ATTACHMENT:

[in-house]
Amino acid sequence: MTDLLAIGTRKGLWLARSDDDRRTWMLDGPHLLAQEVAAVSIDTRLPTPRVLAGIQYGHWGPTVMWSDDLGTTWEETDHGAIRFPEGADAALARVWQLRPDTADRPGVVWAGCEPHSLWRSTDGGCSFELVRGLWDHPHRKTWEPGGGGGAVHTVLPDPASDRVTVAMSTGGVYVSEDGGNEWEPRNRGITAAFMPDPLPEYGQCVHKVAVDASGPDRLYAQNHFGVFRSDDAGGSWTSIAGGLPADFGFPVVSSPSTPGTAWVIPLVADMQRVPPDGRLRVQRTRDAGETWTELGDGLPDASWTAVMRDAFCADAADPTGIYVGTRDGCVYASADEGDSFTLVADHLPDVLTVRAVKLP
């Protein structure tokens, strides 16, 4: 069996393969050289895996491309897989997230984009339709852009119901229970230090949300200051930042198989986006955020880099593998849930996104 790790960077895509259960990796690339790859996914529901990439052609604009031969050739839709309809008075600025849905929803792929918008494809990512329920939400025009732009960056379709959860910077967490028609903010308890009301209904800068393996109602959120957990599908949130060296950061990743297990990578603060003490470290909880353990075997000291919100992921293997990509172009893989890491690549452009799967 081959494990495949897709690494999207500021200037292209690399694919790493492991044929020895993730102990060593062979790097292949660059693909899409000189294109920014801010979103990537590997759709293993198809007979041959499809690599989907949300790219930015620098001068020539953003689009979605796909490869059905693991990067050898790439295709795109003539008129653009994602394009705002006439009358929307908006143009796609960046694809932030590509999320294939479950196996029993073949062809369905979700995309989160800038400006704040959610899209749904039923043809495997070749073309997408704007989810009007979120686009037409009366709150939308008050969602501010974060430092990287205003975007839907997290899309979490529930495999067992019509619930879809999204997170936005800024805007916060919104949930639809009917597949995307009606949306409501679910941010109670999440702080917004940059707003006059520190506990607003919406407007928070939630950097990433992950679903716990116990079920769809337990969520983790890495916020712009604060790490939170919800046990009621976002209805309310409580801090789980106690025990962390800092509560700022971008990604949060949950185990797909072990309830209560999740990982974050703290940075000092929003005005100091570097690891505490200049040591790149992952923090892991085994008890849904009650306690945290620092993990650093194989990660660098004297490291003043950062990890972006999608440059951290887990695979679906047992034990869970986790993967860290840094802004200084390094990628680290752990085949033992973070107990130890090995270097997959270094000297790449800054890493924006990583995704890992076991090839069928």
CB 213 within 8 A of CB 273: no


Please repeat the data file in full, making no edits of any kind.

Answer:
[in-house]
Amino acid sequence: MTDLLAIGTRKGLWLARSDDDRRTWMLDGPHLLAQEVAAVSIDTRLPTPRVLAGIQYGHWGPTVMWSDDLGTTWEETDHGAIRFPEGADAALARVWQLRPDTADRPGVVWAGCEPHSLWRSTDGGCSFELVRGLWDHPHRKTWEPGGGGGAVHTVLPDPASDRVTVAMSTGGVYVSEDGGNEWEPRNRGITAAFMPDPLPEYGQCVHKVAVDASGPDRLYAQNHFGVFRSDDAGGSWTSIAGGLPADFGFPVVSSPSTPGTAWVIPLVADMQRVPPDGRLRVQRTRDAGETWTELGDGLPDASWTAVMRDAFCADAADPTGIYVGTRDGCVYASADEGDSFTLVADHLPDVLTVRAVKLP
């Protein structure tokens, strides 16, 4: 069996393969050289895996491309897989997230984009339709852009119901229970230090949300200051930042198989986006955020880099593998849930996104 790790960077895509259960990796690339790859996914529901990439052609604009031969050739839709309809008075600025849905929803792929918008494809990512329920939400025009732009960056379709959860910077967490028609903010308890009301209904800068393996109602959120957990599908949130060296950061990743297990990578603060003490470290909880353990075997000291919100992921293997990509172009893989890491690549452009799967 081959494990495949897709690494999207500021200037292209690399694919790493492991044929020895993730102990060593062979790097292949660059693909899409000189294109920014801010979103990537590997759709293993198809007979041959499809690599989907949300790219930015620098001068020539953003689009979605796909490869059905693991990067050898790439295709795109003539008129653009994602394009705002006439009358929307908006143009796609960046694809932030590509999320294939479950196996029993073949062809369905979700995309989160800038400006704040959610899209749904039923043809495997070749073309997408704007989810009007979120686009037409009366709150939308008050969602501010974060430092990287205003975007839907997290899309979490529930495999067992019509619930879809999204997170936005800024805007916060919104949930639809009917597949995307009606949306409501679910941010109670999440702080917004940059707003006059520190506990607003919406407007928070939630950097990433992950679903716990116990079920769809337990969520983790890495916020712009604060790490939170919800046990009621976002209805309310409580801090789980106690025990962390800092509560700022971008990604949060949950185990797909072990309830209560999740990982974050703290940075000092929003005005100091570097690891505490200049040591790149992952923090892991085994008890849904009650306690945290620092993990650093194989990660660098004297490291003043950062990890972006999608440059951290887990695979679906047992034990869970986790993967860290840094802004200084390094990628680290752990085949033992973070107990130890090995270097997959270094000297790449800054890493924006990583995704890992076991090839069928």
CB 213 within 8 A of CB 273: no